The pandemic has led to an increased interest in people starting a home business. Whether that is an ecommerce business or a business with visiting clients, the question should be asked if any of these first require planning permission? A recent case in the Planning Court has helpfully clarified the legal test and material considerations that determine when planning permission is required for a home business.
The case of Sage v Secretary of State for Housing, Local Government and Communities  EWHC 2885 (Admin) concerned a claimant who operated a personal training business at his home in part of an outbuilding in the garden. The outbuilding contained gym equipment including a treadmill, cross-trainer, weights, balls, bench, and punch bag. The gym was used by Mr Sage and his family and friends as well as paying clients. The personal training business operated six days a week, Tuesday to Sunday, with up to eight people a day on weekdays, up to four on Saturdays and two on Sundays. Clients could arrive as early as 6am and stay as late as 9.30pm on most weekdays.
Mr Sage contended that his personal training business was incidental to his residential use of the house and therefore did not require planning permission. He had applied for a lawful development certificate to confirm his home business was lawful. The council, and then a planning inspector on appeal, refused his application, finding that planning permission was required to lawfully continue with his home business. Mr Sage challenged the validity of the inspector’s decision.
When home businesses require planning permission
Section 55(1) of the Town and Country Planning Act 1990 defines “development” for which planning permission is required. This includes making a material change in the use of land. However, subsection (2)(d) excludes from the meaning of ‘development’ and thus the requirement for planning permission:
“The use of any buildings or other land within the curtilage of a dwelling house for any purpose incidental to the enjoyment of the dwelling house as such”.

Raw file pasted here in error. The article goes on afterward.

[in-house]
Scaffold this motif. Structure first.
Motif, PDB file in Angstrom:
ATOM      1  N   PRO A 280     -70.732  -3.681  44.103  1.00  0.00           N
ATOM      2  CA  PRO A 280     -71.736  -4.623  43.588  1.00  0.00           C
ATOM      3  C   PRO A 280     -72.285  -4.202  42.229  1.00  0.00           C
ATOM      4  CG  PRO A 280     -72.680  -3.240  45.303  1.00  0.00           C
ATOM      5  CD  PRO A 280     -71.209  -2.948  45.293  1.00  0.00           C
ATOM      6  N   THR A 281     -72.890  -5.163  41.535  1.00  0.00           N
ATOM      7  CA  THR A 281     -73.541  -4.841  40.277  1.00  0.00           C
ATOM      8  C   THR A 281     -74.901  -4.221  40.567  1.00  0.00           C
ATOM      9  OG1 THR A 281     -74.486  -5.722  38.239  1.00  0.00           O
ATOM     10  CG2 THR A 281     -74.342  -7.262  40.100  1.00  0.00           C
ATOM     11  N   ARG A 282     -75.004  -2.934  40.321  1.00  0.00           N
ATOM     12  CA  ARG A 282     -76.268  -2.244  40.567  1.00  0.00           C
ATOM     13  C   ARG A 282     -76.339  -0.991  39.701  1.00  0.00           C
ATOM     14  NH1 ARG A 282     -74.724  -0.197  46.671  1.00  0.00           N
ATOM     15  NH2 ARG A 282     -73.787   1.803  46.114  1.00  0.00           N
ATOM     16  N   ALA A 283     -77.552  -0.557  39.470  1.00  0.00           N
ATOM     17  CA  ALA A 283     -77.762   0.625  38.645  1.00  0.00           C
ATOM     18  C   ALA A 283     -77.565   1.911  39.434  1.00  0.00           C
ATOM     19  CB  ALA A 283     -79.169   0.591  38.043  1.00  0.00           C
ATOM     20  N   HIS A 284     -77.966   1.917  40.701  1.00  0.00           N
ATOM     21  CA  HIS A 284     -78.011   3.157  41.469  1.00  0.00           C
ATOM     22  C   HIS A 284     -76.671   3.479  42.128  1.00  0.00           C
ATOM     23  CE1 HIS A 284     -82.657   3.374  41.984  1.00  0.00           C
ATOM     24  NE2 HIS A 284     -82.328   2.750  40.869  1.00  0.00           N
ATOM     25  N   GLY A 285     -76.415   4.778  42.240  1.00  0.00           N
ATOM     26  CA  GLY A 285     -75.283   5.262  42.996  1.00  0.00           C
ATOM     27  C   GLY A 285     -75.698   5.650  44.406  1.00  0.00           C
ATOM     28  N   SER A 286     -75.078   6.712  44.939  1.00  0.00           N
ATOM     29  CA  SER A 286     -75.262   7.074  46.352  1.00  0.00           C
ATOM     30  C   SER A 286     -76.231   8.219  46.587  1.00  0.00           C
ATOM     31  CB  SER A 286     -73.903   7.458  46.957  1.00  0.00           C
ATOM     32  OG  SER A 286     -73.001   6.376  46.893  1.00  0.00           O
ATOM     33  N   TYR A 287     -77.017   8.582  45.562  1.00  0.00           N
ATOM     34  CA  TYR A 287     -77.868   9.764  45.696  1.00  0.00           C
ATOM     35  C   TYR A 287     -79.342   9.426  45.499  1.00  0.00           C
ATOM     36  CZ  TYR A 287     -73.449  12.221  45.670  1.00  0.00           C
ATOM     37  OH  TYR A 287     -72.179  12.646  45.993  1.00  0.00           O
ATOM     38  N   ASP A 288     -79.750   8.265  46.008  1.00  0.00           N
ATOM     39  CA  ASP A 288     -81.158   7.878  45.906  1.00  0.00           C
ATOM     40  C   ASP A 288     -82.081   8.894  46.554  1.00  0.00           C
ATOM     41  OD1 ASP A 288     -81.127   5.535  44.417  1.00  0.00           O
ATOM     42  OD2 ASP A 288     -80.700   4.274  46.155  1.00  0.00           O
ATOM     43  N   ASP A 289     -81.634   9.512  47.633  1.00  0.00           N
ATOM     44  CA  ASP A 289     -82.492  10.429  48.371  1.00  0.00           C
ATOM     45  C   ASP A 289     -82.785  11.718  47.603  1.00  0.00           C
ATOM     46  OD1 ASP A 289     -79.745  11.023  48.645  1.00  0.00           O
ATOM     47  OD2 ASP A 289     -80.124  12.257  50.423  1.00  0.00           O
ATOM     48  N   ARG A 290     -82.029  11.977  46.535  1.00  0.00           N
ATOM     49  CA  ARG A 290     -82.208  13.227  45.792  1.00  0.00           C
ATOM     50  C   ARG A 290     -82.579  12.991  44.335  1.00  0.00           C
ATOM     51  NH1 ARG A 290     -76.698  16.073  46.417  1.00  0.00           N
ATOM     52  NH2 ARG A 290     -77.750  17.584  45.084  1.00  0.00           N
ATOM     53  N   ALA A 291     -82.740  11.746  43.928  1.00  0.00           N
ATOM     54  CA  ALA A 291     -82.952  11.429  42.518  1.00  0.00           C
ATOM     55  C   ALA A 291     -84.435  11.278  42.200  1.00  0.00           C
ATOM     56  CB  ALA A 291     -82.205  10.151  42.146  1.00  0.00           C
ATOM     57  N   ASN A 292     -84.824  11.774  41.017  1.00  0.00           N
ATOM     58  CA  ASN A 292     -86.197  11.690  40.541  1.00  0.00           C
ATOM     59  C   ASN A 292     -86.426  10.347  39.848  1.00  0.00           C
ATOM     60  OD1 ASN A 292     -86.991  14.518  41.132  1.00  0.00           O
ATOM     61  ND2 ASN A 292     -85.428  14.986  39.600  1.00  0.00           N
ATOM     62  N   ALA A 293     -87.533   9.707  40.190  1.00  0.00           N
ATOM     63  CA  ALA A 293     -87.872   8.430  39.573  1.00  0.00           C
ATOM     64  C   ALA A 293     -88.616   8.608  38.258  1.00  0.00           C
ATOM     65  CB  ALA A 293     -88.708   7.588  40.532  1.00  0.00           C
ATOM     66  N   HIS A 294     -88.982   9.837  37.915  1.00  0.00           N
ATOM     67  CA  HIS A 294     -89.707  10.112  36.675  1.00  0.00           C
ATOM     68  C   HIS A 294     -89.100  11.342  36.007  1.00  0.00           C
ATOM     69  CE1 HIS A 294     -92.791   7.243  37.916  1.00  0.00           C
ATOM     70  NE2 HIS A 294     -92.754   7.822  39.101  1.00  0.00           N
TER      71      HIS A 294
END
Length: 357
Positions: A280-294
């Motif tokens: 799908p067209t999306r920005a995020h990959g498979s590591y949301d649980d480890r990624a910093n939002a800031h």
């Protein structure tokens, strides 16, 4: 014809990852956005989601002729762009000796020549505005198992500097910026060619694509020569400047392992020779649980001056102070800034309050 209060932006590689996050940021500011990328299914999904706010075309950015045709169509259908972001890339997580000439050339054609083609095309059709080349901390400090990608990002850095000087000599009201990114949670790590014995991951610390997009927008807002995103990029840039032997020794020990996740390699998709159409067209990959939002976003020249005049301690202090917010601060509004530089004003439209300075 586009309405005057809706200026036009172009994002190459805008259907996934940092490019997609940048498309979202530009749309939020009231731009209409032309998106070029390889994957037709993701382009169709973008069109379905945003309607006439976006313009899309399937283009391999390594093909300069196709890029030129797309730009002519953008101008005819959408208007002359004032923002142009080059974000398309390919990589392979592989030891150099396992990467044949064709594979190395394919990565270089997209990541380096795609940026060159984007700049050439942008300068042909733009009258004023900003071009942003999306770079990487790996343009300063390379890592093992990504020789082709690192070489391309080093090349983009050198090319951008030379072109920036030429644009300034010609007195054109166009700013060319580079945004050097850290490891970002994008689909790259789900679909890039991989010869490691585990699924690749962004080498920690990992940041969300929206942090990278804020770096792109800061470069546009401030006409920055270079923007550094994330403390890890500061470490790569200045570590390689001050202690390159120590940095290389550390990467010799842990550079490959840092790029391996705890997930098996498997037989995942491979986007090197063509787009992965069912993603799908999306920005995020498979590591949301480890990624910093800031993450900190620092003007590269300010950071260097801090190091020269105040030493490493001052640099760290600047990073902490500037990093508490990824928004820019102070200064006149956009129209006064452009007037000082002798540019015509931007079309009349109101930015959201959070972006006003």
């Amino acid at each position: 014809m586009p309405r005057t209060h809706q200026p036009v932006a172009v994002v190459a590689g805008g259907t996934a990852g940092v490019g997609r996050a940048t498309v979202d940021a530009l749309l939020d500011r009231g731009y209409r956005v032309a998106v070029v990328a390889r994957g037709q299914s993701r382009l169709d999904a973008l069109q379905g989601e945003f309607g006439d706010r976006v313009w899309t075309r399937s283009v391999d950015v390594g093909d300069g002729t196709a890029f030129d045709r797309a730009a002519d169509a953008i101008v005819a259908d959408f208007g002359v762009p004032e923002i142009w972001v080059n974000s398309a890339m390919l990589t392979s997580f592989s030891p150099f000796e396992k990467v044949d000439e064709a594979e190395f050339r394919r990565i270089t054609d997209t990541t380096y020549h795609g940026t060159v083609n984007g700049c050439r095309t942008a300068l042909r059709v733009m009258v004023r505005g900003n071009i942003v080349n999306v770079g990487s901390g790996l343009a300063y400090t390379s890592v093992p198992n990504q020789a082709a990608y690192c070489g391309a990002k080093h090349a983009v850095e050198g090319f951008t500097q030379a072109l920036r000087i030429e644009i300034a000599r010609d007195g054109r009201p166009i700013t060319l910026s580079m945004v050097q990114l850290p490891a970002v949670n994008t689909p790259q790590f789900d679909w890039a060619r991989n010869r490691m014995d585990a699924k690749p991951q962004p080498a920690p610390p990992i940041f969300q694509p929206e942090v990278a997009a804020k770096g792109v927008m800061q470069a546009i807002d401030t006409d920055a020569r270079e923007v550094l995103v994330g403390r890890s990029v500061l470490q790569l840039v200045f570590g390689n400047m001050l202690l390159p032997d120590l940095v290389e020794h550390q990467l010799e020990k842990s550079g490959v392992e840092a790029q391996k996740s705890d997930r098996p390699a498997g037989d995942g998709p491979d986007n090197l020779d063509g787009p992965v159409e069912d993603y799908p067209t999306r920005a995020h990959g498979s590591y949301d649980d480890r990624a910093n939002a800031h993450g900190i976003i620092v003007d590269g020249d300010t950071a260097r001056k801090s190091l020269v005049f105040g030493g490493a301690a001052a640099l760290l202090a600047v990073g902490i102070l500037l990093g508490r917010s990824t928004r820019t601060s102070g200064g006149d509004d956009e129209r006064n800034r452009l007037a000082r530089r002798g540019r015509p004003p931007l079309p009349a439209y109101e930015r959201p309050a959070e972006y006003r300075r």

Therefore, the legal test is whether there is a material change of use of the land and, if so, is such use ‘incidental’ to the enjoyment of the residence (“dwelling house”). These questions are a matter of planning judgement for the decision maker, whether the local planning authority or an inspector on appeal, to be judged by the facts, scale and degree of the home business.
The court clarified that the phrase “incidental to” is not simply a question of the whether the use is not dominant, but whether at all times the house remains used as a residence, not as anything else. They also stated that the use of the outbuilding in question is no more than ancillary to that use as a dwelling-house.
In other words, if the use of the outbuilding is incidental or ancillary, it is in law part of the single main use, and not a separate use at all. The “single main use” in reality, incorporates the incidental or ancillary use.
Again, it is a question of the facts, scale and degree of the home business. Therefore, activities initially incidental to the use of the main dwelling house may grow in scale to a point where they convert such single use into a composite . Relevant factors include (but are not limited to):
- The location of the residence, in the town or country or remote from other dwellings
- The size and extent of the curtilage in the context of the incidental user
- The nature and scale of the activity said to be incidental: the more dominant, the less likely it is to be incidental
- Environmental impacts based on the degree of disturbance: this will include such things as noise, odours, visual and parking impacts
- The disposition and character of the occupier
The court in the Sage case made it clear that a material change of use can be made without any adverse environmental impact at all. The crucial test is whether there has been change in the character of the use. Environmental impact can be relevant as evidence that a material change has occurred, because a use of the new character may be capable of yielding environmental impacts or have done so already.
Generally, it is accepted that the use of one room in a dwelling house as an office or study, even though it has commercial aspects, could still be regarded as incidental to the enjoyment of the house.. Likewise, the indulgence of a hobby is more likely to qualify than some commercial activity.
Decision in the Sage case
The court dismissed the claim and commented that “an inspector properly directed by lawful guidance could not rationally have concluded, as a matter of fact and degree, that the six day a week use, with 30 or so sessions, with the hours envisaged on this property in a tight knit residential area, was incidental or ancillary to the use of a dwelling house as a dwelling house”.
Before starting a home business, it is important to first consider whether you need planning permission. This is especially the case if you have a large number of visiting clients or operate the business full-time. Either make enquiries with your local planning authority or obtain expert planning advice from a solicitor or planning consultant.